This being said, it is also important for us to do our best not to make children feel personally responsible for caring for us when we are overwhelmed with emotion.  While crying in front of a child and sharing feelings is a healthy means of dealing with grief, it is important that children know we are capable of caring for them and loving them even when upset.  Throwing breakable objects or sobbing over a bottle of bourbon is best saved for after bedtime.  Driving too fast while listening to excessively loud music is common, but not with kids in the car.  (I’m not recommending any of these things, but you know what?  It happens). We can express emotion to our children while also being sure not to make them feel personally responsible for supporting us.  It can be a difficult balance, and we all make mistakes, but it is a concept to keep in mind during dark days.


3. Behavior is a Form of Communication

Kids can be total shit-heads.  Their incessant demands, irrational opinions, big feelings and infuriating sleep schedules can wear down even the most patient caregivers.  Children can be challenging in general, but the behaviors of grieving and traumatized children can be especially difficult.  Bereaved children and adolescents may experience and exhibit changes in sleep and eating habits, behavioral regression, tantrums, emotional outbursts, sudden bouts of crying, depression, withdrawal, anger, talking-back, risk-taking behaviors, and violence.  This may present itself in different ways with different children at all developmental stages.  When a grieving child acts out, it is important not to personalize their behavior.  Children do not show us challenging behaviors because they are trying to hurt us, it is because they themselves are hurting.

It is important to take a rational approach in dealing with difficult behaviors in bereaved children (any children, really).  Responding rather than reacting.  Recognizing that a child screaming “I HATE YOU!” in a crowded grocery store is not trying to be a terrible person, they are just processing a feeling that feels too big for them to express.  Respond to their anger with love.  Tell them when they are crossing a boundary, but chose natural consequences over punishment (ie, a screaming child may get carried out of a store without a treat, but should not be spanked or publicly shamed for their outburst).  Not not attempt to neutralize anger with anger, rather respond with kindness, empathy, and understanding.  Easier said than done.  Still important.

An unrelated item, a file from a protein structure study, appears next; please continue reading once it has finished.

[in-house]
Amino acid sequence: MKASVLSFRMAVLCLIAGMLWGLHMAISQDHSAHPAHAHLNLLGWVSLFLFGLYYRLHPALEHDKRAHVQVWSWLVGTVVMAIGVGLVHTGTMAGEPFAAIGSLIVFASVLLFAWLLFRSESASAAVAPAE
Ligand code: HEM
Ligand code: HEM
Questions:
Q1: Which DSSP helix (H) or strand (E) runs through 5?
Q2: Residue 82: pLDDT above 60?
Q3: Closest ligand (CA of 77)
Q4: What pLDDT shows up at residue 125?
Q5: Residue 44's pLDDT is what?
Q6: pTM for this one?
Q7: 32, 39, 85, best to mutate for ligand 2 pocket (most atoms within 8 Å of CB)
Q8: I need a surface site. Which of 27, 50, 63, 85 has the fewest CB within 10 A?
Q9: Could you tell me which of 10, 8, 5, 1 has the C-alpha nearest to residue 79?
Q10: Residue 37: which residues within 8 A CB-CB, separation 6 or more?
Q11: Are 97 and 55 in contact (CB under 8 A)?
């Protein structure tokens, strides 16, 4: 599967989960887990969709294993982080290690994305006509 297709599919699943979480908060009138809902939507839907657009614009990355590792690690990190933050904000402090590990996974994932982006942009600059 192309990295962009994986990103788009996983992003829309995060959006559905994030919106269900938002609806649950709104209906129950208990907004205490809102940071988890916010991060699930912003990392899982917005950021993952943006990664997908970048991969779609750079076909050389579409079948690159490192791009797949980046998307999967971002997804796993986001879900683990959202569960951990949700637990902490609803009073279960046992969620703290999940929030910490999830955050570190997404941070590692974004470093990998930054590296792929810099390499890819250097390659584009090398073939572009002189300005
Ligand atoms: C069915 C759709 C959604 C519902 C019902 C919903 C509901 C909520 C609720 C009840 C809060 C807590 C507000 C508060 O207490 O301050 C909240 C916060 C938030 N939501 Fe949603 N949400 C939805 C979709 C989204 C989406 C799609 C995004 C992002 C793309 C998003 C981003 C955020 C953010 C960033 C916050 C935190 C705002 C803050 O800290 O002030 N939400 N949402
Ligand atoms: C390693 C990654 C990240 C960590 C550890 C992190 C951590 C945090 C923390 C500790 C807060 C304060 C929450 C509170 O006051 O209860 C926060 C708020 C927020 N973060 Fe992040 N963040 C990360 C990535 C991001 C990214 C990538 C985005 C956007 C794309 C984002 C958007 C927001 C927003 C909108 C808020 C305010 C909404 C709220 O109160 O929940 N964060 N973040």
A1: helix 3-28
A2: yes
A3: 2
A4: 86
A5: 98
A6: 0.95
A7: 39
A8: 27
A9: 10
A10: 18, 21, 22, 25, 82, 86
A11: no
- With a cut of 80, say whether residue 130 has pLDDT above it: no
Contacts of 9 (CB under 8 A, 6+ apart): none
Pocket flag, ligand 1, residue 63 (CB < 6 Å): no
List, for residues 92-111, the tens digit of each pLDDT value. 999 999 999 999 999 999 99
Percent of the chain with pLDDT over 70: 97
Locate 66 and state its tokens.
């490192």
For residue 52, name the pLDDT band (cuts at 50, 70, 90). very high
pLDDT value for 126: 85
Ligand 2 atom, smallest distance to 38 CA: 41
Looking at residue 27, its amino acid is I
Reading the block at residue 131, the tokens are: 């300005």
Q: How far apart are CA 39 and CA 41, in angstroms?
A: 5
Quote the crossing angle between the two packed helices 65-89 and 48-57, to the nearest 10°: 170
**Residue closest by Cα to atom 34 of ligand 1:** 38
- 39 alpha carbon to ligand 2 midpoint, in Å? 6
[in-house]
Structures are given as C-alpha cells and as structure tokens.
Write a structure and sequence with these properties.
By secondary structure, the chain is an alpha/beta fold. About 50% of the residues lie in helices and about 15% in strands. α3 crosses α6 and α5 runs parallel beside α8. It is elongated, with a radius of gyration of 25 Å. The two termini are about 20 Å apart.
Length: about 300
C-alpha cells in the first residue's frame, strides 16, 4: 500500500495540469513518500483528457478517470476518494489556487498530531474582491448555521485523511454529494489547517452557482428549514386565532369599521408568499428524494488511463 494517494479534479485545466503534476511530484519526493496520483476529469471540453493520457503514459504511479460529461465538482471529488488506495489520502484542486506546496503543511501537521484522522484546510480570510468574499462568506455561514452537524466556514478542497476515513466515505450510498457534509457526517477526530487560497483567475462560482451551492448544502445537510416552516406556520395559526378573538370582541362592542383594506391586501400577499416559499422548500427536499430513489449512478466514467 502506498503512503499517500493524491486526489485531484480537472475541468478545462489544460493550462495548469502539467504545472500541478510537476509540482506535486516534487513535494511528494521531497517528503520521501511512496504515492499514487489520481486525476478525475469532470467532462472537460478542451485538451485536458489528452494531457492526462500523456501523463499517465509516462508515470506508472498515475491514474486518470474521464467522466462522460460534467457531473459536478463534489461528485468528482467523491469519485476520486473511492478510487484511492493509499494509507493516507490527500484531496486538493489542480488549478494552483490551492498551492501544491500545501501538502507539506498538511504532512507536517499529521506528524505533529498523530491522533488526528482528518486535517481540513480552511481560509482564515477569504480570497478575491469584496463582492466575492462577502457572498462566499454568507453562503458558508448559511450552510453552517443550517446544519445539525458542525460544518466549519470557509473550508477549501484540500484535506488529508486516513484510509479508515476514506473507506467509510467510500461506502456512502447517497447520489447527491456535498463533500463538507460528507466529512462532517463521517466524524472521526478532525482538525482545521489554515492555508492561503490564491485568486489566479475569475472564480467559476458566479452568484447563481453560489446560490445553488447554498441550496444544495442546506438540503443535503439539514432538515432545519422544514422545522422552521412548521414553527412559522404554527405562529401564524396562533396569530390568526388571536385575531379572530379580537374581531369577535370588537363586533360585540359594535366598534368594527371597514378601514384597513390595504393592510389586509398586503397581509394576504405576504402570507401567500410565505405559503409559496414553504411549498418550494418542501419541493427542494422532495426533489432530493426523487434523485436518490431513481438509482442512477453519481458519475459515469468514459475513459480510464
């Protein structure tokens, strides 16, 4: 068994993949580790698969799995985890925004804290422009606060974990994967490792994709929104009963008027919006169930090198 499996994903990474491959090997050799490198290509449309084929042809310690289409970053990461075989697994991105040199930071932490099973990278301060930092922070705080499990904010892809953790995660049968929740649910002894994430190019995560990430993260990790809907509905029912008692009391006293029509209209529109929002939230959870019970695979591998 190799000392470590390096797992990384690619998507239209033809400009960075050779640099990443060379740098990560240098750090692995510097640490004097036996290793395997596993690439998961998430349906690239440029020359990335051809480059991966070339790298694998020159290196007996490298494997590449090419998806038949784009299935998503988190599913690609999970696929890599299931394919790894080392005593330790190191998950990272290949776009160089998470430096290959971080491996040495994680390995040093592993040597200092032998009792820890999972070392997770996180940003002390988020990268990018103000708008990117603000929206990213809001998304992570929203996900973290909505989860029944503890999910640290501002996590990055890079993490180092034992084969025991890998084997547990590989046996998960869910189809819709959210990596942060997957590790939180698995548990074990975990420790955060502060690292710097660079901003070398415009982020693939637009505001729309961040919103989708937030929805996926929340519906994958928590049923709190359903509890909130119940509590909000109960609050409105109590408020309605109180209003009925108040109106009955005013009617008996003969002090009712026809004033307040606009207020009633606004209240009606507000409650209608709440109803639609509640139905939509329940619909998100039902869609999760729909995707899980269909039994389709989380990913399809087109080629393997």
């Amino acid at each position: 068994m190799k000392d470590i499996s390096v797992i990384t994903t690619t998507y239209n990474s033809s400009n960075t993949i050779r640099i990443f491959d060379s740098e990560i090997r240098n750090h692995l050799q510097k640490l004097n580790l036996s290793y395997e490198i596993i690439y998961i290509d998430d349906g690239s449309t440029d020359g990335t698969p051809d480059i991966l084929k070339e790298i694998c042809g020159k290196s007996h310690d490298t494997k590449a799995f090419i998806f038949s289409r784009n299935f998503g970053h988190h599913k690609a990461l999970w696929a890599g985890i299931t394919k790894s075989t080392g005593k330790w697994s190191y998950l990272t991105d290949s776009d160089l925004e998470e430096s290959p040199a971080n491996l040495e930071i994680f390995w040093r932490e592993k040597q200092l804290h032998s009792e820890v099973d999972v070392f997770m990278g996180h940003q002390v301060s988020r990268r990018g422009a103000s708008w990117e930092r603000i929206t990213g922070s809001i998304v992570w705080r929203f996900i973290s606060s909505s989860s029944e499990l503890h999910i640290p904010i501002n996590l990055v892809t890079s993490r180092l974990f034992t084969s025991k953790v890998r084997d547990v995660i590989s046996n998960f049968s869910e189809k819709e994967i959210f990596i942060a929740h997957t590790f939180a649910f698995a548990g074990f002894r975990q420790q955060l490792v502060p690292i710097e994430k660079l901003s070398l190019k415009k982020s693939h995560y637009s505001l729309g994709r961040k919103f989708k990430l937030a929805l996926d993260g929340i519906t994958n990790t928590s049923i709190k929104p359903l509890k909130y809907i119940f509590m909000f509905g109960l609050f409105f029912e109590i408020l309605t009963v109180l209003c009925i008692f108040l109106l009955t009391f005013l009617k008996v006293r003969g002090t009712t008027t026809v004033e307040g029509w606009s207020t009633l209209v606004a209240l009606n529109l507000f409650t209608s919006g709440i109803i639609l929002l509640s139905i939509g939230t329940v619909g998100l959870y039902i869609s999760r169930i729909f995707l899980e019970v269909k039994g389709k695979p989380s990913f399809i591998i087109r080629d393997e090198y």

4. The Arts and Healing

Expressive Arts Therapies (including music, art, dance/movement, drama, and play therapy) are an incredibly powerful tool in support children through the grief process.  If you are fortunate enough to live in a community with access to expressive arts therapists, consider reaching out to enroll your child in individual or group therapy sessions.  Child psychologists and mental health counselors who specialize in working with children may also use expressive arts techniques in their work.  Giving your child a trusted adult to process with is a gift that will continue to support their emotional and behavioral health beyond the initial stages of grief.

At home, consider creating space for art and music in your daily lives.  Put music on in the background while eating dinner, or play dance tracks and groove during clean-up.  Make art materials easily accessible, and allow your child to focus on self expression and exploration of the materials over structured crafts.  Give your child opportunities to explore themselves through art, music, movement, play, and hang even the angry paintings up on the wall.  By expressing ourselves, we feel seen, heard, validated in our emotional experiences.  Give your child to express any of it, without judgement, as they grow and cultivate their interests and passions.
5. Get Outside

In the early stages of loss, it can be difficult to get out of bed, let alone go for a run.  Find small ways to get you and your children outside.  Feel the sun on your face and allow the wind to cool the tears on your cheeks.  Interact with nature.  The rhythms of the natural world mirror the rhythms of our lives, and the first crocus, even on the coldest day, is a reminder that hope is possible.  Even when it is difficult, even when you don’t feel like it, try to get outside with your children.  It will offer you all freedom and emotional re-set, and might make the day feel a bit more manageable.